“…We are moving towards a digital era, where more and more things are electronic so more so than ever before, the healthcare provider needs to know everything about it.” - Kurt Long, CEO, FairWarning
Continued technological innovations are helping the healthcare industry to deliver better care outcomes. Innovations in the area of electronic healthcare (eHealth) are having a positive impact on care delivery. eHealth allows application of information and communication technologies improved for healthcare delivery.
eHealth is a rapidly expanding field serving providers and consumers alike in many ways. To name a few, eHealth is used as an electronic patient administration system, laboratory and radiology information system, electronic messaging systems, monitoring system, patient management system, medical records and electronic prescribing system, etc. However, it is also important that all the key stake holders work in coordination for implementing these new, patient-centric technologies.
Growing incidence of chronic diseases, ageing population, and rising healthcare costs are regulating the global telehealth market. A report by RNCOS Business Consultancy Services predicts 18.5 per cent annual growth in telehealth worldwide through 2018, with the US outpacing the rest of the world.
eHealth encompasses the usage of power of IT, eCommerce and ePractices in healthcare systems; it can enable efficient and effective care delivery. eHealth is also termed as an important tool for governments to address issues relating to inefficient healthcare systems. The Ministry of Health and Family Welfare, Government of India, also announced that it is planning to start an ‘eHealth service’ to build up health awareness in rural India.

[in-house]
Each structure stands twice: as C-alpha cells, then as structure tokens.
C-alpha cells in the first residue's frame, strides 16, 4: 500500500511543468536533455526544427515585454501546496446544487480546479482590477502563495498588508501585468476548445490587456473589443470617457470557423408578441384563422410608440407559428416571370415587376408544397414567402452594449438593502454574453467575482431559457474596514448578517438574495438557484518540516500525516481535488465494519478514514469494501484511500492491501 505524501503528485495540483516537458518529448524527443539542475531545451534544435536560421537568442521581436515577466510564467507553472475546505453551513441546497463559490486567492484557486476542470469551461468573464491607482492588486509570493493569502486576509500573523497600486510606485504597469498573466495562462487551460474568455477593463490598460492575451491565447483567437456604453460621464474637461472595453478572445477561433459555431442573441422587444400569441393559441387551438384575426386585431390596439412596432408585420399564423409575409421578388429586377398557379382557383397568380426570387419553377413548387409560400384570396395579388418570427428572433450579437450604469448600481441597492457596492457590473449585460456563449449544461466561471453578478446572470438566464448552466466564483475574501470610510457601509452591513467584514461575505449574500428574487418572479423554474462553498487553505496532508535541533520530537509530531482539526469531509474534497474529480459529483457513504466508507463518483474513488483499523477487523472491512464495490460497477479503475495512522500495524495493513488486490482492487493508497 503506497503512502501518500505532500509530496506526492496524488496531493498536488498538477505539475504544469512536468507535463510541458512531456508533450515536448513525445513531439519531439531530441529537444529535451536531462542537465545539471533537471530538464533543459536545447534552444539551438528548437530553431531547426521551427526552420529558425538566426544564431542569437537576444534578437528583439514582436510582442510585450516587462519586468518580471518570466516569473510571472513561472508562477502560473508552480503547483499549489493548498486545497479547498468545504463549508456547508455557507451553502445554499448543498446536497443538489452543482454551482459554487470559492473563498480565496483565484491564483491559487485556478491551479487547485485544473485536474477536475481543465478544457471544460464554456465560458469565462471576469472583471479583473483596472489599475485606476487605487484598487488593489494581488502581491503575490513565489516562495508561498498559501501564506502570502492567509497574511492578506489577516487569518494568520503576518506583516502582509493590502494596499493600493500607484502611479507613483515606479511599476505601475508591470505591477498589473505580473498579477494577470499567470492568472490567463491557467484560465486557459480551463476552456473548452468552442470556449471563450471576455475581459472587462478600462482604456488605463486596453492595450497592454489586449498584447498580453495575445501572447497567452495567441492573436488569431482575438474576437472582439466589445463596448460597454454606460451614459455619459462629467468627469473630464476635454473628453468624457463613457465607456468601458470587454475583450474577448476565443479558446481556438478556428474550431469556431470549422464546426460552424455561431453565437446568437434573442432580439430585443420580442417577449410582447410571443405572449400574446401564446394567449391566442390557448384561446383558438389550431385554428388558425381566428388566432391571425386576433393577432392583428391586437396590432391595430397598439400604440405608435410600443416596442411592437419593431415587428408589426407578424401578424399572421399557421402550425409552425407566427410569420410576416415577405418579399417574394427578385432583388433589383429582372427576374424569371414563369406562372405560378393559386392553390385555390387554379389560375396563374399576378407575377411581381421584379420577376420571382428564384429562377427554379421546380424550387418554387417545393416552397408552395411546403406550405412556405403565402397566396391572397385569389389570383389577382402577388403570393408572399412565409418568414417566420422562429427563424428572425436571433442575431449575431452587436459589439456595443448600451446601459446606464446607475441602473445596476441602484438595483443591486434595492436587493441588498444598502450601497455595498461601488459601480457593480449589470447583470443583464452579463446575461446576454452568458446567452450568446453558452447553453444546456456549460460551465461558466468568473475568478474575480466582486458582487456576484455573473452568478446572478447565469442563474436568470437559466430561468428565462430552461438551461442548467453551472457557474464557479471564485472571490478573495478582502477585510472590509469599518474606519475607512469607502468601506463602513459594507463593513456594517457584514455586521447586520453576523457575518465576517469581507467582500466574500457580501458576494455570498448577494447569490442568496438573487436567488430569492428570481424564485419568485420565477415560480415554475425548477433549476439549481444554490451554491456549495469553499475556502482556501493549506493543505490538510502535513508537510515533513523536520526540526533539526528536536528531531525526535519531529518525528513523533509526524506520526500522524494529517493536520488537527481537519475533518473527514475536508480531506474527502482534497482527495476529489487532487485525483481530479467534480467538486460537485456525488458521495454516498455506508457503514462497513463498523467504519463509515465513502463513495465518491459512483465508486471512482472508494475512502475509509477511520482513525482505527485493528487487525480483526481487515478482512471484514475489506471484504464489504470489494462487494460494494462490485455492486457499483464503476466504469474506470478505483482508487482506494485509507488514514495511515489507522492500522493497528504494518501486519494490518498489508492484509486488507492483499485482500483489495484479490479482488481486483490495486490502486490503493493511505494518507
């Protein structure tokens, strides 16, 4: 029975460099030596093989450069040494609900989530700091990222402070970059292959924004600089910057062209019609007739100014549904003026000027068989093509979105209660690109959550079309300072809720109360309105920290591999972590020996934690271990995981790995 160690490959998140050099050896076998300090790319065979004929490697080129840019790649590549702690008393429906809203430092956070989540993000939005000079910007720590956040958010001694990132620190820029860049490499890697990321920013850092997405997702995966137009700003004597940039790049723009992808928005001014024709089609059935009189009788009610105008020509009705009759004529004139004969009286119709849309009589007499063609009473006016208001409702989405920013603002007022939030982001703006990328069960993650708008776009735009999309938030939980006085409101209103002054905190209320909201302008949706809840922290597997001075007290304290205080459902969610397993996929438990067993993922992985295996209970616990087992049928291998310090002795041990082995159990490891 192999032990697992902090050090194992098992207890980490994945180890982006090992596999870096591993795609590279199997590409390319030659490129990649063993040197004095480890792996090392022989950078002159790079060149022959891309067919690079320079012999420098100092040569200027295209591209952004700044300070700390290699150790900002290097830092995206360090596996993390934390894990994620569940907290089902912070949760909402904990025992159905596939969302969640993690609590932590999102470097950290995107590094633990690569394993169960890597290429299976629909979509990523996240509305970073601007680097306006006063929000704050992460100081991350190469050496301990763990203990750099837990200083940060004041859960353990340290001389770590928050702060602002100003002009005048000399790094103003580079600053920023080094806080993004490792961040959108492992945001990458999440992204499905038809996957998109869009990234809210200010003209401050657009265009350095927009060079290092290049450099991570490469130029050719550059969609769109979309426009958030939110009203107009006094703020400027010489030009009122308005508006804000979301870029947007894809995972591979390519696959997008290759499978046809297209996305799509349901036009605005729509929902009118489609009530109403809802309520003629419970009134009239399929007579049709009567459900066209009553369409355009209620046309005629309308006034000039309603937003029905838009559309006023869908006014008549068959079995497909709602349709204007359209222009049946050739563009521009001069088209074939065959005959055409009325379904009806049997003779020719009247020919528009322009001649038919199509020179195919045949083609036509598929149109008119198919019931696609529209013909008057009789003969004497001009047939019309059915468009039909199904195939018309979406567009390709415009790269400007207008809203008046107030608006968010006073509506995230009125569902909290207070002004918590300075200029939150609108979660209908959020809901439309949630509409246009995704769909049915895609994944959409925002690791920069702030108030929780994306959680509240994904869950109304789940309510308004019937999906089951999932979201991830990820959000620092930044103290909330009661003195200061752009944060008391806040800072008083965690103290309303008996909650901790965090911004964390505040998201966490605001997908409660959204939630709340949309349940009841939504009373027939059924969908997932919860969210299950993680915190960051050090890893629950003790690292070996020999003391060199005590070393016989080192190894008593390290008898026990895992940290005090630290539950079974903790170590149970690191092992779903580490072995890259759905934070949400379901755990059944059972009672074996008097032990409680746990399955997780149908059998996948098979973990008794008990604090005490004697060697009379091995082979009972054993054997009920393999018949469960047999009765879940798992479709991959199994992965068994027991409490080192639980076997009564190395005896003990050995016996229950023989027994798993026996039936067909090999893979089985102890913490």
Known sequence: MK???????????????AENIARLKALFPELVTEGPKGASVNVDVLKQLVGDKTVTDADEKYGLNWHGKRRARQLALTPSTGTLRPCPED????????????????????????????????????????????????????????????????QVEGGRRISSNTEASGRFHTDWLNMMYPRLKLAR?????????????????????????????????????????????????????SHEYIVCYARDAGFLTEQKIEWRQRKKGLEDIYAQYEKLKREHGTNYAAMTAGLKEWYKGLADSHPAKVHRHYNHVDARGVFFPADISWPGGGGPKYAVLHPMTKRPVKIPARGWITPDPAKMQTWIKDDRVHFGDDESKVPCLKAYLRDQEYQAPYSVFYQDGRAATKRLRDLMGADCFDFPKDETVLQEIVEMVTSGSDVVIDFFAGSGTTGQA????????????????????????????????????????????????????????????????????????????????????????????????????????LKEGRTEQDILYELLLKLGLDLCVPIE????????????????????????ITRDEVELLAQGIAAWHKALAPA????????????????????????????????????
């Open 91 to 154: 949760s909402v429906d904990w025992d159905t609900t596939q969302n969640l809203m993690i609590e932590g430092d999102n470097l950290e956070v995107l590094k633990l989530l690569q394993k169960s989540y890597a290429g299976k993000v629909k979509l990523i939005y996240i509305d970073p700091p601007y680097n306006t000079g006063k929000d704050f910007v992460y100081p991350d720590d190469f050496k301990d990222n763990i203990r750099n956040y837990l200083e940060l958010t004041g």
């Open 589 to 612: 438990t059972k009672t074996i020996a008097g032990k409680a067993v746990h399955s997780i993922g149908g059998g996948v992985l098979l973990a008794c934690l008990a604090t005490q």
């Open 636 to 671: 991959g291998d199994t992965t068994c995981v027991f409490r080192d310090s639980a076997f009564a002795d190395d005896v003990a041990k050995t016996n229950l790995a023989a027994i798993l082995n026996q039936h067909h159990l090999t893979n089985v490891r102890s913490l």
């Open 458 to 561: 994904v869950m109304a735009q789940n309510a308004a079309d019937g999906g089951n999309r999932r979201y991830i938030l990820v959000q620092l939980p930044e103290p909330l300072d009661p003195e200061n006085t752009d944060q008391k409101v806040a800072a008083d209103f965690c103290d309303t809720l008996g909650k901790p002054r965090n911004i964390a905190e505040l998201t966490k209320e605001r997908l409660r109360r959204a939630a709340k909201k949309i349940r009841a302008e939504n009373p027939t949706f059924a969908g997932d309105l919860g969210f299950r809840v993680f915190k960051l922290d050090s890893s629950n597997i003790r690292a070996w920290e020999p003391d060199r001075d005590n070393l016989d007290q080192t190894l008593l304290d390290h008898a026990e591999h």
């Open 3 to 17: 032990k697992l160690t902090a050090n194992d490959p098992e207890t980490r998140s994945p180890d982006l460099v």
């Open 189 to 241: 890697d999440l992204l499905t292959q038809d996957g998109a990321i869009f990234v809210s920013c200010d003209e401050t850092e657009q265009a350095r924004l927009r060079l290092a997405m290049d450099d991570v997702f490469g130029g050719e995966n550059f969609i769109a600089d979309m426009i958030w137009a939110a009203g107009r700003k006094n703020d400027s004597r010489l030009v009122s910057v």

The global eHealth market is estimated to grow to US $160 billion by 2015 at an average growth rate of 12-16 per cent, and the global m-health market will be worth approximately US$23 billion by 2017, according to GSMA. Issues related to cost, privacy and usage remain challenges in eHealth adoption.
Growing adoption of mobile applications is getting patients involved in the delivery of care. Sixty-nine per cent of providers use a mobile device to view patient information and 36 per cent use mobile technologies to collect data at the bedside, according to HIMSS survey of 170 individuals.
Asia-Pacific is the fastest growing region for healthcare information technology (healthcare IT) solutions. With changing demographic factors and favourable government policies and legislations, advanced IT tools are entering the market.
In the cover story for this issue, Stephen Chu, Adjunct Professor, Multi-Media University, Malaysia opines that while health information technologies offer considerable administrative efficiency gains and cost-savings, empirical evidences available so far indicate that any clinical costsavings realised from health IT systems adoption are likely to be marginal. Stephen suggests that Health IT should be used as strategic and quality improvement tools, and not directed at clinical cost cutting.